Published: Sat, June 17, 2017
Worldwide | By Gretchen Simon

Jury re-watches 2 key videos in police shooting of motorist


Yanez, 29, has been charged with second-degree manslaughter and two counts of reckless discharge of a firearm in the shooting of 32-year-old Castile on July 6, 2016, in Falcon Heights, Minn.

Philando Castile funeral was held on July 14, 2016 in St. Paul Minnesota.

Deliberations began after closing arguments Monday in the trial of St. Anthony police Officer Jeronimo (yeh-RON'-ih-moh) Yanez, who's charged in the July death of Philando Castile.

She condemned the killings of black men by police officers that have happened nationwide and said she prays that the jury will s find Yanez guilty on all counts.

Castile "did what he was supposed to do".

In his final instructions to the jury, Ramsey County District Judge William H. Leary III pointed that out - and also defined what the jury's legal standard should be to convict Yanez of the individual charges.

Then, "without any warning".

Prosecutors have run with the theory that Yanez's failure to use the word "gun" to alert responding officers at the scene and his language with investigators indicate that he never saw Castile's gun, which was later recovered from his right front shorts pocket, per Star Tribune.

Valerie Castile, the mother of Philando Castile, posted a seven-minute video on Facebook. Castile had a permit for the weapon. Yanez shot him seconds after Castile volunteered during a traffic stop that he was carrying a firearm. It also recorded statements Yanez made to a supervisor soon after the shooting in which he said variously that he didn't know where Castile's gun was and that he told him to keep his hand off it. Officers then removed Castile from the vehicle and attempted to revive him.

Castile also resembled a suspect from a robbery days earlier, defense attorney Earl Gray said.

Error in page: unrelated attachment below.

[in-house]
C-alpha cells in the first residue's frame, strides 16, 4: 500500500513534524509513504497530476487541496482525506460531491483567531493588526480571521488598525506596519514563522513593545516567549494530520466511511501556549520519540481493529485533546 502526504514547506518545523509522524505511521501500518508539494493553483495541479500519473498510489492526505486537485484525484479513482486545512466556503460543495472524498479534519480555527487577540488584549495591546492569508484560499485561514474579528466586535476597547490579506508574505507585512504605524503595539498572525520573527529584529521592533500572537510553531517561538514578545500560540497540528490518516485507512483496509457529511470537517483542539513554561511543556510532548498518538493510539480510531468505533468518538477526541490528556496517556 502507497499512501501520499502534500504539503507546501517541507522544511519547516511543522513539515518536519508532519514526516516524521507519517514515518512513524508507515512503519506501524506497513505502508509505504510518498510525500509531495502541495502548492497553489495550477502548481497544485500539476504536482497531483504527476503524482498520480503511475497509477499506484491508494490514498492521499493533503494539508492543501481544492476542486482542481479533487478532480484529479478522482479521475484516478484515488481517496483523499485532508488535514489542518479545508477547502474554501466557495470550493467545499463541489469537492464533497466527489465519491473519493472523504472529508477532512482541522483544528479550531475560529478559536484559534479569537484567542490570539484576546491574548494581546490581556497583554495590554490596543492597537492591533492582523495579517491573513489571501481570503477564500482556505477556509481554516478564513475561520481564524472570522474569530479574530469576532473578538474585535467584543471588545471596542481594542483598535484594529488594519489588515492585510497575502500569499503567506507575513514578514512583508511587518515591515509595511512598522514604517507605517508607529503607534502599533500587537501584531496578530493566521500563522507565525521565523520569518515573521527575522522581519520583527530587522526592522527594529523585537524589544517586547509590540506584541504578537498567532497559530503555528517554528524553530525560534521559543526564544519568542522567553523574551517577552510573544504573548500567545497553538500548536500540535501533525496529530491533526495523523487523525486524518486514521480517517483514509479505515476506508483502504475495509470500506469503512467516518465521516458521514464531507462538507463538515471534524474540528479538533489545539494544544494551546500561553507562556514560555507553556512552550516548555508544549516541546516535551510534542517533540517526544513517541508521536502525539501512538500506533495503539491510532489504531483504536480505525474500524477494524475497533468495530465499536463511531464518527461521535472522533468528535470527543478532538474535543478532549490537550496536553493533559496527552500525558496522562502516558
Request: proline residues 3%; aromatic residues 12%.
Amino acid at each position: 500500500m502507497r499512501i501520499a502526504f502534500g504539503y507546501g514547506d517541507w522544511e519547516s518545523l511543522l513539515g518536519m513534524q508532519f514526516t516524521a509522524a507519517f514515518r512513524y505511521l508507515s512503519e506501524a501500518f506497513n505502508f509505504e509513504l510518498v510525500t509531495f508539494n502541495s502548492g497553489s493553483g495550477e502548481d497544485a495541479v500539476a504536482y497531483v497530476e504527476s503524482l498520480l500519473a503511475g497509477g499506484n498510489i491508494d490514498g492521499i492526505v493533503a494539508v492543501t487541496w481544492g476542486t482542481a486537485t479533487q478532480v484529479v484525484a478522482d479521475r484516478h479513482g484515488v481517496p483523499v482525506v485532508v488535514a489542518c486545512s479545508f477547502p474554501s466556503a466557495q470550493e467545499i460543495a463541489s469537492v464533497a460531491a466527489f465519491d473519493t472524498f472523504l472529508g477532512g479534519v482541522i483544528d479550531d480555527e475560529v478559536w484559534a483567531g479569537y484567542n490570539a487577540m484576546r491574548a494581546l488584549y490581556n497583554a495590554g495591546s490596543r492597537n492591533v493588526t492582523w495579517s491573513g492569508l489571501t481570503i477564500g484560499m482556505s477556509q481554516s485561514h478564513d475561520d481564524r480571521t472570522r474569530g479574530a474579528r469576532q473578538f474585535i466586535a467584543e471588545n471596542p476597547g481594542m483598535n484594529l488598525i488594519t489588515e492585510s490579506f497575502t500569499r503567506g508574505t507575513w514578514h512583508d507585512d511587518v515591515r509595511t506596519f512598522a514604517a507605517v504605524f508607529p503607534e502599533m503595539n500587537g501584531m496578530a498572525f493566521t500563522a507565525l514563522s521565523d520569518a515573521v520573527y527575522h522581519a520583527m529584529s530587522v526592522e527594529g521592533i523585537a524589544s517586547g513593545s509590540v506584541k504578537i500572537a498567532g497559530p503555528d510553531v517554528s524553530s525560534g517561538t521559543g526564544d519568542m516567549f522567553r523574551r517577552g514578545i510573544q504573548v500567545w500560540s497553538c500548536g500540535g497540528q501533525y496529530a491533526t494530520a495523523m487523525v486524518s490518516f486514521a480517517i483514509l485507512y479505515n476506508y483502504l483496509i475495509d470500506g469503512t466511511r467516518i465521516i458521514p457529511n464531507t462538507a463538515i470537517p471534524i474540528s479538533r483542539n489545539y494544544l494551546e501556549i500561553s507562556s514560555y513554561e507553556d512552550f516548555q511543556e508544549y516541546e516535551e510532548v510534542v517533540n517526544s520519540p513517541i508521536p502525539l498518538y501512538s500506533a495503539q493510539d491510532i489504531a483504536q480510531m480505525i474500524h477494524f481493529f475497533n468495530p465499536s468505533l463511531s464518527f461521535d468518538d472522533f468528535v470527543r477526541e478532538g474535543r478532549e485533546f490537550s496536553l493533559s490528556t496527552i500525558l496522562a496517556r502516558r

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He left a contending team in Oklahoma City to join a team that won a record 73 regular season games last season. Later, he was straightforward and serious: "We were heartbroken last year, but this year was our turn".

In his rebuttal, Paulsen reiterated to jurors that there was no credible evidence Castile was under the influence of marijuana and one can not conclude he was under the influence simply because THC was in his system.

A Minnesota police officer who shot and killed a black driver just after the man told him he had a gun "did what he had to do", a defense attorney argued Monday. He testified forcefully Friday that he saw Castile's gun and that Castile disregarded his commands not to pull it out of his pocket.

"I had no other choice".

The prosecution tried to argue to the judge on Tuesday that the jury should be given access to the transcript, but the defense disagreed. "I thought I was going to die", he said in response to questions from his attorney.

Yanez's manslaughter trial went to a jury after both sides gave closing arguments in which they recapped their versions of a shooting that drew extra attention because Castile's girlfriend livestreamed the gruesome aftermath on Facebook.

Prosecutor Rick Dusterhoft recounted those moments while trying to discredit the officer's claim that he saw Castile reach for a gun.

This is why this case should concern every police officer in America. His police union is paying for his attorney fees.

Yanez is facing charges for second-degree murder and risky discharge of a firearm.

Bill Kirkos reported from St. Paul, and Holly Yan reported and wrote from Atlanta.

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